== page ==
Paula Akpan is co-founder of The “I’m Tired” Project, which aims to highlight the lasting impact of everyday micro-aggressions, assumptions and stereotypes. She also co-founded last weekend’s enormously successful Black Girl Festival.
Paula will be speaking on NME’s How To Effect Positive Change panel at our #Lifehacks event on November 23. Ahead of the big day, we gave her a call to find out about her activism journey so far.
What does “effecting positive change” mean to you?
“I think it’s about realising that not everything’s going to be done for you. If you’re thinking, ‘I wish there was more of this type of event out there,’ it’s about realising that actually you can do it yourself. For example, we started the Black Girl Festival because there was nothing out there celebrating Black British women and girls. We tried to make the festival as accessible as possible – by making it free, making sure it was at a wheelchair-accessible venue, and avoiding jargon in our communications. We made sure we got to the point of what the festival is all about.”
What made you realise, ‘Hang on – I actually can do this myself’?
“I think it was after complaining about how things were being done, quite regularly! I was getting frustrated with diversity panels that didn’t really have any effect because they were bringing people in to speak, but not then changing the structure of the organisation or business. So I just realised, ‘Maybe I can do this instead.’ And then I found out how receptive people can be. When we started the I’m Tired Project, it was just meant to be a summer project for us and our friends, but pretty soon we realised there was media interest in what we were doing, so we kept going and making it bigger.”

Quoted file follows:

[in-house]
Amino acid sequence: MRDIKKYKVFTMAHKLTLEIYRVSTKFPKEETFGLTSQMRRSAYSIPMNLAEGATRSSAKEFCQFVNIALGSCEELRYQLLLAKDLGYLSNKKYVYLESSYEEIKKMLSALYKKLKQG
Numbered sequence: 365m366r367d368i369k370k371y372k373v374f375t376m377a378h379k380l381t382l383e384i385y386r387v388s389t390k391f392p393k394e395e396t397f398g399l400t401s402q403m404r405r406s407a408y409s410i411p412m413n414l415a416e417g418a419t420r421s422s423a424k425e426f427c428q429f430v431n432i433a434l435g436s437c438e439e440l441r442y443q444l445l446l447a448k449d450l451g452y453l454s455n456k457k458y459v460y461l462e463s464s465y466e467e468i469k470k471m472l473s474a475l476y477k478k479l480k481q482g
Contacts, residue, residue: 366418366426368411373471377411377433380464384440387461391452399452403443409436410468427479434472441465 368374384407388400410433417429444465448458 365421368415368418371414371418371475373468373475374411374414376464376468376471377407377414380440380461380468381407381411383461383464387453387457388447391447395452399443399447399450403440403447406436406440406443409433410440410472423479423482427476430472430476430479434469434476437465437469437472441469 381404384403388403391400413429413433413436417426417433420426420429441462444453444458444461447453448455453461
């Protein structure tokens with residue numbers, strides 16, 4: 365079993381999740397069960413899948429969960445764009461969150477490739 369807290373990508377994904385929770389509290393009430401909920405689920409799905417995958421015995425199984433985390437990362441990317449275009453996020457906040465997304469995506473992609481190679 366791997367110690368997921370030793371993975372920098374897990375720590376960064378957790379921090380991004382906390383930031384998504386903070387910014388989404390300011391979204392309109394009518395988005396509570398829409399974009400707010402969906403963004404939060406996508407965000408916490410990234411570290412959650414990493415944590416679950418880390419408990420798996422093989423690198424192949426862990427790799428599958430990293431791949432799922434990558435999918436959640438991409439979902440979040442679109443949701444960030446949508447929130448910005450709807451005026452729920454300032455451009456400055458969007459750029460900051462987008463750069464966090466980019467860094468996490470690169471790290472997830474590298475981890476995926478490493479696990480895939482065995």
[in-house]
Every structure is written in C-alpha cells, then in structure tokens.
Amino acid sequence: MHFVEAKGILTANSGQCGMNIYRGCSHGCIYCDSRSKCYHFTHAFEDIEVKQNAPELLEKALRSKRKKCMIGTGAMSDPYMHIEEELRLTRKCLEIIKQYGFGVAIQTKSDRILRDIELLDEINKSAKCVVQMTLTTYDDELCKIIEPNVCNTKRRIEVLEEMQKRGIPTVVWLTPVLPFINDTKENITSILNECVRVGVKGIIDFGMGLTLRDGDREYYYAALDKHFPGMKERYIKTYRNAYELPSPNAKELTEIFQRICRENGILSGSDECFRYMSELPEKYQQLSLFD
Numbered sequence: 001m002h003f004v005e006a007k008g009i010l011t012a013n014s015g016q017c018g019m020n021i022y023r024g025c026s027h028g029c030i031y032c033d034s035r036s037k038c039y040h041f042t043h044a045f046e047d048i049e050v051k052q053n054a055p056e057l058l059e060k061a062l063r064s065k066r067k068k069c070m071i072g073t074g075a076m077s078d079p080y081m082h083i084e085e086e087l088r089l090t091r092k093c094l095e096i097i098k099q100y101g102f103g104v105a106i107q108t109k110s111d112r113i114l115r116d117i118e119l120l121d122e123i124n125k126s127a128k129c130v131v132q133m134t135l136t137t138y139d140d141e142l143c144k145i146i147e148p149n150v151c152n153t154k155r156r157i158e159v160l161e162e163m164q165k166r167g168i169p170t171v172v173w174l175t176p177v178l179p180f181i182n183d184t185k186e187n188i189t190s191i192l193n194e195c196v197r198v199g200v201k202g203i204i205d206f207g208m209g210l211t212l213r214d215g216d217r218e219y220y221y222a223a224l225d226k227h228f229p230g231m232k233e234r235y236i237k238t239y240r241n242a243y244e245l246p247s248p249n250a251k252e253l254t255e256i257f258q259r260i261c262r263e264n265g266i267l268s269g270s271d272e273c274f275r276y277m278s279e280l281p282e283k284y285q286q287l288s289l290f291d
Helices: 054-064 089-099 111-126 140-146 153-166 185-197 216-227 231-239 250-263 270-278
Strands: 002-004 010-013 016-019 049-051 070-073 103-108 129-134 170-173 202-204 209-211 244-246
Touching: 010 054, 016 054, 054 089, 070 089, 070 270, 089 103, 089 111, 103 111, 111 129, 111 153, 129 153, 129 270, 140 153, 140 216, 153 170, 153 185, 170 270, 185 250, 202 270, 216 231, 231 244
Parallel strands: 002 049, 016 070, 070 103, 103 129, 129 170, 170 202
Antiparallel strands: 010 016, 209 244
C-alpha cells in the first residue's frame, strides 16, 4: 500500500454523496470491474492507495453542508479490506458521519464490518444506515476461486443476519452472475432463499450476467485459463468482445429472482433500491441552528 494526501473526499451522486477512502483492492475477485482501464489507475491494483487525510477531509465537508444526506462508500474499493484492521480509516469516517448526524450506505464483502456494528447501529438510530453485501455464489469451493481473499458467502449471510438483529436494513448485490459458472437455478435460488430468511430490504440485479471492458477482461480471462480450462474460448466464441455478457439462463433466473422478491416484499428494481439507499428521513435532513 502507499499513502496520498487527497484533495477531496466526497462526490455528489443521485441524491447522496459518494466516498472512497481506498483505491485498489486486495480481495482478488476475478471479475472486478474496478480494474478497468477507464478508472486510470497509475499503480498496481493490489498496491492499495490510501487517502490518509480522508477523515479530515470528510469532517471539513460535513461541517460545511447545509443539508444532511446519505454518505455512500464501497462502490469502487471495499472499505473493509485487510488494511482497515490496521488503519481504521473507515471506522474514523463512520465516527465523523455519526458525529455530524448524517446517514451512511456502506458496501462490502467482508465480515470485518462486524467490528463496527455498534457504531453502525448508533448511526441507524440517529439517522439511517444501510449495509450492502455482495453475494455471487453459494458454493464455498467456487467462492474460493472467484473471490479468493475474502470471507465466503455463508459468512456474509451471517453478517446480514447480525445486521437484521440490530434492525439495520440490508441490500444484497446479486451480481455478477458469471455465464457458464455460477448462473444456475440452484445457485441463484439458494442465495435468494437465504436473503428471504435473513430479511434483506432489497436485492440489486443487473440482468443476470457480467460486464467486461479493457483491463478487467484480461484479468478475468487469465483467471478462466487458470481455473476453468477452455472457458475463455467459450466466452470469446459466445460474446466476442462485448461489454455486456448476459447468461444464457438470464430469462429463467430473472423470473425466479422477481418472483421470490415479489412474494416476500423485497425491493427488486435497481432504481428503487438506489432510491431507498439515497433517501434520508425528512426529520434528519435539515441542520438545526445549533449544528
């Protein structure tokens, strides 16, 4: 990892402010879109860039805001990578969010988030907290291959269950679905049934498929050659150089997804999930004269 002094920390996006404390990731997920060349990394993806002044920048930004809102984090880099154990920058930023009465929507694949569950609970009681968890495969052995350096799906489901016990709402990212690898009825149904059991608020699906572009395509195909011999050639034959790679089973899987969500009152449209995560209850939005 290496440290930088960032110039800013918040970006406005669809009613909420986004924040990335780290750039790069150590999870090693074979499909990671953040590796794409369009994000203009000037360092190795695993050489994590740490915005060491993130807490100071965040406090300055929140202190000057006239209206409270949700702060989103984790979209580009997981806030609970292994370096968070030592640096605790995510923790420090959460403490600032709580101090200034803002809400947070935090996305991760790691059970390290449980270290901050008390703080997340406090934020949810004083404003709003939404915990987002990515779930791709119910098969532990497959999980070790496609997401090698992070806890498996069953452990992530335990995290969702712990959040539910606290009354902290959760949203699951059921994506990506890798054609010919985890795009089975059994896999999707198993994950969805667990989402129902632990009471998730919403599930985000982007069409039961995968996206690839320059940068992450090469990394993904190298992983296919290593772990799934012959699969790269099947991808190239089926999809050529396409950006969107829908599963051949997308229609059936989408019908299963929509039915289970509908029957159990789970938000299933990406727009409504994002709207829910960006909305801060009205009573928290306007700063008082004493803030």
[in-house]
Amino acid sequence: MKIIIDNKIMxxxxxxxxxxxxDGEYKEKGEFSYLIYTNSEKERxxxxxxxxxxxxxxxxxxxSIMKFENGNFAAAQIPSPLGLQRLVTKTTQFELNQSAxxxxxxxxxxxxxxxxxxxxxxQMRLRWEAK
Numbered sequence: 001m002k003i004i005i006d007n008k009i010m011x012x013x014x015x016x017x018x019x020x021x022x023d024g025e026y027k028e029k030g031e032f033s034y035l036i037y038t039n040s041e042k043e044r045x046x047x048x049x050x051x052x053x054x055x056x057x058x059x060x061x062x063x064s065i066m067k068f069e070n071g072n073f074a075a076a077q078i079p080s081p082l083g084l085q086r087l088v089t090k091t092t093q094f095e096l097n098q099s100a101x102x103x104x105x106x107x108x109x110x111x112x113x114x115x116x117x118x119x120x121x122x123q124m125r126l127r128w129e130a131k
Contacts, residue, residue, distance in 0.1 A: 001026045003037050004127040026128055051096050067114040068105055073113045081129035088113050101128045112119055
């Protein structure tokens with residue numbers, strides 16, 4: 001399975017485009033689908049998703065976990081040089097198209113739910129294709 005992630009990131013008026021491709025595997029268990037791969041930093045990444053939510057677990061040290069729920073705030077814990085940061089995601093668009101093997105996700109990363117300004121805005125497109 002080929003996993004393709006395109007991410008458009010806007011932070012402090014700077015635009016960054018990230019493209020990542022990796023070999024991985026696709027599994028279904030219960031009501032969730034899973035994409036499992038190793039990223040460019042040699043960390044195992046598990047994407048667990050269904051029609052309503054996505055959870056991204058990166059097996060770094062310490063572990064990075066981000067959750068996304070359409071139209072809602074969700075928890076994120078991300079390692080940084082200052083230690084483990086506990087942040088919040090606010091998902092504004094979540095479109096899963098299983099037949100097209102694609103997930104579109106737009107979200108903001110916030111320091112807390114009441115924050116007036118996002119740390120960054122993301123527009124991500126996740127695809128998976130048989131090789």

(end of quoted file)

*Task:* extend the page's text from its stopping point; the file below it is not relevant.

So is being flexible and adaptable an important skill to develop?
“I think so. We’re always thinking, ‘How can we bring more people in? How can we open up and collaborate with more people?’ For example, with the “I’m Tired” Project, we’re going to Kenya next week because we got Arts Council funding to do an international trip. So we’ll be working with photographers and galleries there. Obviously it’s not London, so we’ve been thinking about how we’re going to adapt our workshops and the different issues we want to explore. It’s important to ensure you don’t have a ‘one-size-fits-all’ approach because people have so many different experiences – and what different people can bring to the table is so nuanced. In order to be as intersectional and inclusive as possible, you need to be open to working with other people. You also need be accepting of criticism and suggestions from others that might help you make your work better.”
What advice would you give to someone who wants to do something similar to you?
“I would definitely say: Don’t wait for anyone else to do it for you. If you’ve identified a gap for something you think people would benefit from seeing or hearing, then do it – give it a go! It often feels quite formidable – I remember thinking, ‘How are we going to put together a whole festival?’ But if you’re passionate about it, you can start breaking it down into pieces so you can find a way forward. I’d also recommend collaborating with friends. When you’re working with someone else and bouncing ideas off one another, it’s really encouraging and reaffirming. It’s amazing what you can actually build from having conversations with people and working out together how to take things forward.”
Later this month, Paula will be speaking on an NME #Lifehacks panel discussing How To Effect Positive Change.
The panel forms part of a full afternoon of talks and activities designed to help you kick-start your career in the creative industries. NME has teamed up with University of Salford and youth initiative Create Jobs to lay on the #Lifehacks event in London on November 23.
Also speaking on the How To Effect Positive Change panel will be Josie Naughton from aid organisation Help Refugees, and writer, presenter and campaigner Paris Lees, who regularly appears on TV’s Newsnight and Channel 4 News. The panel will be chaired by social media guru and podcast host Alex Manzi.
One the day, you’ll also be able to connect with the NME team and our partners at the dedicated Hack-Space. Plus, there will be free food and drink, and the event will culminate in an exclusive secret evening gig. At last year’s #Lifehacks launch event, Tinie Tempah wowed the crowds.